BOOK REVIEW:
Three Books on Japanese Quilts

Japanese Quilts
Jill Liddell, Yuko Wantabe
E. P. Dutton, NY, 1988 $24.95 Out of Print

The Changing Seasons: Quilt Patterns from Japan
Jill Liddell with Patchwork Quilt Tsushin
Dutton Studio Books, NY, 1992 $25.00

Sashiko and Beyond: Techniques and projects for quilting in the Japanese style
Saikoh Takano Chilton Book Company,
Radnor, PA 1993 $19.95

Reviewed by Addy Harkavy

Quilting in Japan is both old and new. Old in that applique, quilting, and patchwork have been used for centuries in Japan, and new in that contemporary quilters in Japan have adapted western-style quilting to produce some of the world's most fascinating and beautiful quilts.

Although Japanese Quilts, by Liddell and Wantabe, is now out of print, it is available in many libraries and as a used book. It is discussed here because it contains fascinating writing complimented by photographs of magnificent quilts. In short, it is an inspiration to any who are interested in Asian quilting in general and Japanese quilting in particular. "Threads of History," the introductory section, places quilting in Asia in an historical context that long predates the Western missionaries who brought with them their own forms of patchwork. Quilting was not only decorative but functional; quilted armor protected warriors in 16th century Japan, and later, bullet-proof vests were made by inserting plates of horn or metal into quilted channels. Not only did early Asian quilters conserve old textiles by recycling them into other functional objects, they created new fabrics and designs as have other quilters throughout the world. Book Review Image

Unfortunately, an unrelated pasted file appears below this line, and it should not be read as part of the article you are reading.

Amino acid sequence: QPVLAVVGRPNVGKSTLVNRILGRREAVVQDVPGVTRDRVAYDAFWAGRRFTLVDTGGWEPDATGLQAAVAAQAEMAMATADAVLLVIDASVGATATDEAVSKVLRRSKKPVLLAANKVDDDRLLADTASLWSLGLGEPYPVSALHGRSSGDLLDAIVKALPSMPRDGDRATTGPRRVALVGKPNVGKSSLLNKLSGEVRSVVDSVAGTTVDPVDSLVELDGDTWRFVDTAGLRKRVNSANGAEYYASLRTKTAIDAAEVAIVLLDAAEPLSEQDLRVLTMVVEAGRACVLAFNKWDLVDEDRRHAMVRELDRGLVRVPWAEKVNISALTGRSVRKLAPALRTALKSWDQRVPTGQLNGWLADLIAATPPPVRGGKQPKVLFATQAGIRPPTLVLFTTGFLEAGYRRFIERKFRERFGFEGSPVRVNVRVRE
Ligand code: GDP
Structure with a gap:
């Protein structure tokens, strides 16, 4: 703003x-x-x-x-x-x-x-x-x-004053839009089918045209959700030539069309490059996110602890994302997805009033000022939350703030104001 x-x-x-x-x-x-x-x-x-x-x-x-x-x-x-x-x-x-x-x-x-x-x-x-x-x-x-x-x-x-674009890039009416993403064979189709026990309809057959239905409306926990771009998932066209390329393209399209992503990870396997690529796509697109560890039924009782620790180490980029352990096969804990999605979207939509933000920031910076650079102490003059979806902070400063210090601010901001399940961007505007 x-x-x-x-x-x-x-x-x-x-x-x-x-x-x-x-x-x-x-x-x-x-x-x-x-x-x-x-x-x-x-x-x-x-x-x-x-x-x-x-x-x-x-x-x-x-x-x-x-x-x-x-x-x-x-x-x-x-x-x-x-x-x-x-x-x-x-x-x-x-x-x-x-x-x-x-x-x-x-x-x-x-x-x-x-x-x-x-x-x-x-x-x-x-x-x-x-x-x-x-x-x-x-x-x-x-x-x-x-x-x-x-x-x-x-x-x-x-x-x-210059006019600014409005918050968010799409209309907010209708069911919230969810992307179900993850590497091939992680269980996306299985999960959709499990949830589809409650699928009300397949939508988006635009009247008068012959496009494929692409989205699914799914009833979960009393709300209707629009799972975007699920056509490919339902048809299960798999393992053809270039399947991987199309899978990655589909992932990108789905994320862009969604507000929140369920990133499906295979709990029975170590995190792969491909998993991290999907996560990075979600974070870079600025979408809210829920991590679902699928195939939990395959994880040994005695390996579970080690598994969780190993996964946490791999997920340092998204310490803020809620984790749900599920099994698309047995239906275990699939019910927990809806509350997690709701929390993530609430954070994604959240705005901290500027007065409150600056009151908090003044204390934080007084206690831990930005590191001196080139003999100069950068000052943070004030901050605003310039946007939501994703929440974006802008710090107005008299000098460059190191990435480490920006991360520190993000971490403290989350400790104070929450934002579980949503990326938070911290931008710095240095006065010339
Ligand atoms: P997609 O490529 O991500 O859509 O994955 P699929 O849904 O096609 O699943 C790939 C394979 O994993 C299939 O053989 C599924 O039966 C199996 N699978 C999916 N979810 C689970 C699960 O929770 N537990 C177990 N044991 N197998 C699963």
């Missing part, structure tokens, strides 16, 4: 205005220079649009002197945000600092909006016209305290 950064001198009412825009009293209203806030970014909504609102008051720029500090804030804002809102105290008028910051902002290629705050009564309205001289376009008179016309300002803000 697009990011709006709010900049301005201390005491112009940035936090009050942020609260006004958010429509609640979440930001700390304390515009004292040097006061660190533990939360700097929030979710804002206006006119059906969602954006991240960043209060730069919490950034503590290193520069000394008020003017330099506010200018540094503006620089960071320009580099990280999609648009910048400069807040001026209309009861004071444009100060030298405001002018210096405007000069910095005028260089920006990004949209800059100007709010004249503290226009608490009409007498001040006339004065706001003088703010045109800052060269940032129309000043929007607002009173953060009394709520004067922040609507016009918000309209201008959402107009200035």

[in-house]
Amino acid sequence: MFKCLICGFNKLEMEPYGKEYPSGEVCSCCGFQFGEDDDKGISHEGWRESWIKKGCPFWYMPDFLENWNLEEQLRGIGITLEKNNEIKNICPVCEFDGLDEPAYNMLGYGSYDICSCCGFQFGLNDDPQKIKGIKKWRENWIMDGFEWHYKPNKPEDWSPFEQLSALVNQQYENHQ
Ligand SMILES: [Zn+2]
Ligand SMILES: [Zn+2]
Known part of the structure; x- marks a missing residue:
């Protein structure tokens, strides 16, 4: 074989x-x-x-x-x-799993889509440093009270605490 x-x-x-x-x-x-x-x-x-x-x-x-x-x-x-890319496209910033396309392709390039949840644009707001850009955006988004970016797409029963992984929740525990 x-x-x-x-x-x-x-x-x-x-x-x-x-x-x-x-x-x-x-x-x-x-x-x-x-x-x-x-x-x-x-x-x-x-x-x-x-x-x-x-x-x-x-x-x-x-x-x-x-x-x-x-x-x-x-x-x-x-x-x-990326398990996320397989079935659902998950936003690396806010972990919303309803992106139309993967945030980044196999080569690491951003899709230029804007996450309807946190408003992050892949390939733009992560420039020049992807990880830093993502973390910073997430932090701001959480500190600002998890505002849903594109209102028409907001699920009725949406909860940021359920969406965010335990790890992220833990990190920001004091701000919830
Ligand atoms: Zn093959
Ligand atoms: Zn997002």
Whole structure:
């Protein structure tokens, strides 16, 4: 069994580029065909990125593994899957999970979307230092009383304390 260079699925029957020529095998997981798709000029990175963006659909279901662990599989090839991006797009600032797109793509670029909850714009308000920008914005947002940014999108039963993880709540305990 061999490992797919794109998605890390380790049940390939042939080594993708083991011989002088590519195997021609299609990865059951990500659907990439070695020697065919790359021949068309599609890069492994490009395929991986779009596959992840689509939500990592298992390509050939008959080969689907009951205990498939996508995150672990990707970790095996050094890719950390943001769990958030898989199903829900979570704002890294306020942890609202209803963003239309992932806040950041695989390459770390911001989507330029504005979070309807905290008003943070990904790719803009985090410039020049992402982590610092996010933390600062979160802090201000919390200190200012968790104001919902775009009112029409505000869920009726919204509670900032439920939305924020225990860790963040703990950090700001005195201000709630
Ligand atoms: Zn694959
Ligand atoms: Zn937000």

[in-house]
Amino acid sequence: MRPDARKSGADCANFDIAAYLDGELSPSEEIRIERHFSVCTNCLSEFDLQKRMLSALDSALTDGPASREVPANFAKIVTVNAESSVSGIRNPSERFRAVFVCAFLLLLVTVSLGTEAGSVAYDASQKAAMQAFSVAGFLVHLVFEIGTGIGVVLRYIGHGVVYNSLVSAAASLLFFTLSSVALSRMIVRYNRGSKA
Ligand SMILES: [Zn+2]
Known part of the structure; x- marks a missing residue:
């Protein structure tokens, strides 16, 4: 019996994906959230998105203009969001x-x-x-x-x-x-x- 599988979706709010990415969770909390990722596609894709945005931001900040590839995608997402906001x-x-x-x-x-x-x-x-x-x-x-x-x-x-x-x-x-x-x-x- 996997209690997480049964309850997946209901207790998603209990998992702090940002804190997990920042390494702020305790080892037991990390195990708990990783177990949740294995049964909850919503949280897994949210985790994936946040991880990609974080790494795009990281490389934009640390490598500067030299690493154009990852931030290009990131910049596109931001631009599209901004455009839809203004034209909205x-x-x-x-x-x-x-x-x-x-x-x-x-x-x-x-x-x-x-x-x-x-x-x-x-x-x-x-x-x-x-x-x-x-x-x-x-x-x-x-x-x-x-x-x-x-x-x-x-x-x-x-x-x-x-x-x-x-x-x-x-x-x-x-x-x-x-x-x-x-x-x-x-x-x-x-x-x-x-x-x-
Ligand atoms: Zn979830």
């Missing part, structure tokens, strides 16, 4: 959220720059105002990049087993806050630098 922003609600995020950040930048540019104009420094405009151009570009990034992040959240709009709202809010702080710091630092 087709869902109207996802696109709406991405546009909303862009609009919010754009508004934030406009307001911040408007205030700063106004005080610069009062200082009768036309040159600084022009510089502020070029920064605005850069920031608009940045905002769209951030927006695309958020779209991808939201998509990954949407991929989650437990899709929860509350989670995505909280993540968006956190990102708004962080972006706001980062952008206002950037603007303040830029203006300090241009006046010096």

Each of the following chapters discusses the type of quilt in question and provides an in-depth caption that helps readers move past the visual impact of each quilt to a greater understanding of its design, origin, and construction.